In a time when digital accounts and subscriptions are part of everyday life, maintaining ownership of your personal information while protecting your privacy is increasingly difficult. Add the cybersecurity risks associated with data sharing, and it’s easy to understand why many are concerned. So, how do we combat this problem? One answer is Zero Knowledge Proofs (ZKPs).

What is a Zero Knowledge Proof?

A Zero Knowledge Proof is a secure method of verification that allows one party to confirm to a second party that a statement is true without revealing any information about the statement itself. Think of it like having a secret you want to prove you know to someone without telling them what that secret is. In the case of blockchain technology, a protocol must meet three criteria to be considered a ZKP:

  1. Completeness: The “Prover” must be able to reliably demonstrate that they know the statement. This party is sometimes called the “Witness.”
  2. Soundness: The “Verifier” must be able to confidently determine if the first party has the statement or not.
  3. The statement is not revealed at any point during the interaction.


To better understand how ZKPs work, we can review their use on the Yao’s Millionaires’ problem, a Multi-Party Computational (MPC) problem created by computer scientist and computational theorist Andrew Yao. The problem is that two millionaires—in this example, let’s call them Alice and Bob—want to know who is richer without revealing how much money each has. The solution is as follows:

  1. Without Bob present, Alice gets multiple ballot boxes with labels on each that correspond to a certain amount of money. One of these boxes is labeled with how much money Alice has.
  2. Alice locks all the boxes, throws away the keys for each box except the one that corresponds with her wealth, and sends the boxes to Bob.
  3. Bob has multiple slips with “+” and “-” on them. For each ballot box with a label that is higher than Bob’s wealth, he puts a “-” slip in box. For each box that is labeled lower than Bob’s wealth, he puts a “+” slip into the box, indicating whether he has less or more money. Bob then sends all the boxes back to Alice.
  4. Alice uses the remaining key to open her box. She sees the slip is either “+” or “-,” letting Alice know who is wealthier without knowing Bob’s exact wealth.
  5. Alice can then report the answer to their problem back to Bob without letting Bob know her exact wealth either.
    Now instead of boxes with physical keys and slips of paper, think of this scenario using cryptographic algorithms with generated keys instead. This is how ZKPs can work in non-interactive blockchain transactions.

zk-SNARKs and zk-STARKs

Notably, there are various kinds of ZKP protocols. Two of the more widely known ones are Succinct Non-Interactive Argument of Knowledge (zk-SNARK or SNARK) and Scalable Transparent Argument of Knowledge (zk-STARK or STARK). These acronyms may seem a bit intimidating, so let’s break them down:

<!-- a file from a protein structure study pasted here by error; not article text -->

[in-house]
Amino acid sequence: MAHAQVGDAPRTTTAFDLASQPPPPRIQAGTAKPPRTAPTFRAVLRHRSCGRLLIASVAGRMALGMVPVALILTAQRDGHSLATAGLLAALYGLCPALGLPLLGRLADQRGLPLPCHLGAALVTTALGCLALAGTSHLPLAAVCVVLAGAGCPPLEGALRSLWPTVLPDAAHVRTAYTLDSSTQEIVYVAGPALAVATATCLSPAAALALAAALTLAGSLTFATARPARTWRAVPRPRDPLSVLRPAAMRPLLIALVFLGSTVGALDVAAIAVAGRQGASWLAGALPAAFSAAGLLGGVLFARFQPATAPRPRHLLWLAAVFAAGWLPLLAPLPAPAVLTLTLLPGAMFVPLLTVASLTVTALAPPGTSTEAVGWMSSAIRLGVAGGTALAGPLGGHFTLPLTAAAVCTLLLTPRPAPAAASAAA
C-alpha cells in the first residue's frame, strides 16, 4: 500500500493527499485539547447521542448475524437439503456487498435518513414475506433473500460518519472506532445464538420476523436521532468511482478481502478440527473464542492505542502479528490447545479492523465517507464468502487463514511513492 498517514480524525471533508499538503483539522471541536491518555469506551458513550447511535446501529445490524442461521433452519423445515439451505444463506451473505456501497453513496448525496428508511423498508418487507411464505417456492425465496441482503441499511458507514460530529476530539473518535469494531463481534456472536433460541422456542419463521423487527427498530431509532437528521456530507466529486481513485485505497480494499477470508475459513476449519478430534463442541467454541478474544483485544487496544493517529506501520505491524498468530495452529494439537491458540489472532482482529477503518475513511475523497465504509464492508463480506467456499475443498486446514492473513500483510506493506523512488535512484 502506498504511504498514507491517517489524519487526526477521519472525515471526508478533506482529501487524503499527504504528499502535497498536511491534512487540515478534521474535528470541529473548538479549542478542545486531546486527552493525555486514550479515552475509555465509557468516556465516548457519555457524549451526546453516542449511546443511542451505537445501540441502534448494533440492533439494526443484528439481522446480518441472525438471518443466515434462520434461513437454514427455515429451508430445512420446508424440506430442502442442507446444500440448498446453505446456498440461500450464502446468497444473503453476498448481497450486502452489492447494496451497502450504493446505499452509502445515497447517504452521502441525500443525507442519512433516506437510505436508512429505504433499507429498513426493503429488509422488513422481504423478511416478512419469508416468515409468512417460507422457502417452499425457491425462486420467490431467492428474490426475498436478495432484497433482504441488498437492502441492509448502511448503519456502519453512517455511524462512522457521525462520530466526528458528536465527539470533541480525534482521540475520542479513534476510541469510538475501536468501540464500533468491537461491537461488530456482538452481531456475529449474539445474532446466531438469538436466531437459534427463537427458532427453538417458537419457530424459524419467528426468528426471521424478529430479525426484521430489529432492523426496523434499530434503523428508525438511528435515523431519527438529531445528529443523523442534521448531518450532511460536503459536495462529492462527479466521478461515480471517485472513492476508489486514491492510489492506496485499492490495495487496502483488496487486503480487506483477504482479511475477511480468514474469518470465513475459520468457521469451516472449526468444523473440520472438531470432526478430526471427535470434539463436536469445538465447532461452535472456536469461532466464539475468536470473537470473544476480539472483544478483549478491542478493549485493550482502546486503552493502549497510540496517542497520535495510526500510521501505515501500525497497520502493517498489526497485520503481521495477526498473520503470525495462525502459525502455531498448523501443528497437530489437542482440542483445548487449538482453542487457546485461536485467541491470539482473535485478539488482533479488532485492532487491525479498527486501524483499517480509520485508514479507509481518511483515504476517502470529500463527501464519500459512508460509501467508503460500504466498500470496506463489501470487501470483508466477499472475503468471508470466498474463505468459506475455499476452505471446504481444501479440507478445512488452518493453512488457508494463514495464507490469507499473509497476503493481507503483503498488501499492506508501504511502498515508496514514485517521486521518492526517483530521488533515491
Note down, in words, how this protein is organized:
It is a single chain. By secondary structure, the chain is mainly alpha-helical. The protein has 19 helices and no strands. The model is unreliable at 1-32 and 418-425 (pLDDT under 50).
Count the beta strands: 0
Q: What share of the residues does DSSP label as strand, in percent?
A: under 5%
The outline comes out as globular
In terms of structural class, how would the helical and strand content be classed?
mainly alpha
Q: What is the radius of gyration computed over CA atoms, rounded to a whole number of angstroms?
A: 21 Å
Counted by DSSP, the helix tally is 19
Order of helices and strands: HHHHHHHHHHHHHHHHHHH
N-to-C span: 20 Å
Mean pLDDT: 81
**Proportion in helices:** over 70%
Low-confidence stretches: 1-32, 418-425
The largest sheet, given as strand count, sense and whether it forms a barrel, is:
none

• Zero Knowledge: The witness is never disclosed during the transaction.
  • Succinct: Because the processing power required for the ZKP is smaller than the statement, it can be verified quickly.
  • Non-Interactive: Only one interaction is required for the procedure.
  • Argument: The ZKP is sound.
  • Of Knowledge: The procedure cannot operate without the prover having the witness.


  • Zero Knowledge: The witness is never disclosed during the transaction.\
  • Scalable: When the processing power required for the statement is larger than the proof, STARKS are faster than SNARKS.
  • Transparent: It uses public and guaranteed randomness to create verification parameters.
  • Argument: The proof is sound.
  • Of Knowledge: The procedure cannot operate without the prover knowing the statement.

When making the distinction between the two, it’s important to note that unlike STARKs, SNARKs use trusted setups to generate the parameters for participants.

Limitless Applications

ZKPs are an exciting development with endless applications. From adding extra security and anonymity to blockchain transactions such as the zk-STARKS used by Ethereum, to being a groundbreaking tool for authentication and identity protection, ZKPs are paving the way to a future where individuals have more control over their data than ever before. Examples of industry applications include:

  • Technology company IBM’s use of ZKPs so invoice owners can prove they meet tax compliance requirements without revealing the exact value of any fields of the invoice that are unnecessary for the transaction.
  • Governing bodies’ ability to use ZKPs to do secure and anonymous voting that doesn’t require a third party to tally votes, simultaneously letting the voter know their ballot was included in the final decision.
  • In the financial industry, mortgage applicants can prove they have the necessary income for a loan without revealing their exact salary.
  • Healthcare providers can combine ZKPs with smart contracts to prove patient health information without giving the verifier access to any other personal health information.

These industries as well as stakeholders across countless other industries looking to utilize a zero-trust framework to develop Web3 solutions can benefit greatly from ZKPs. Interested in learning more about the latest Web3 solutions information? Click here to view our resource center and learn more.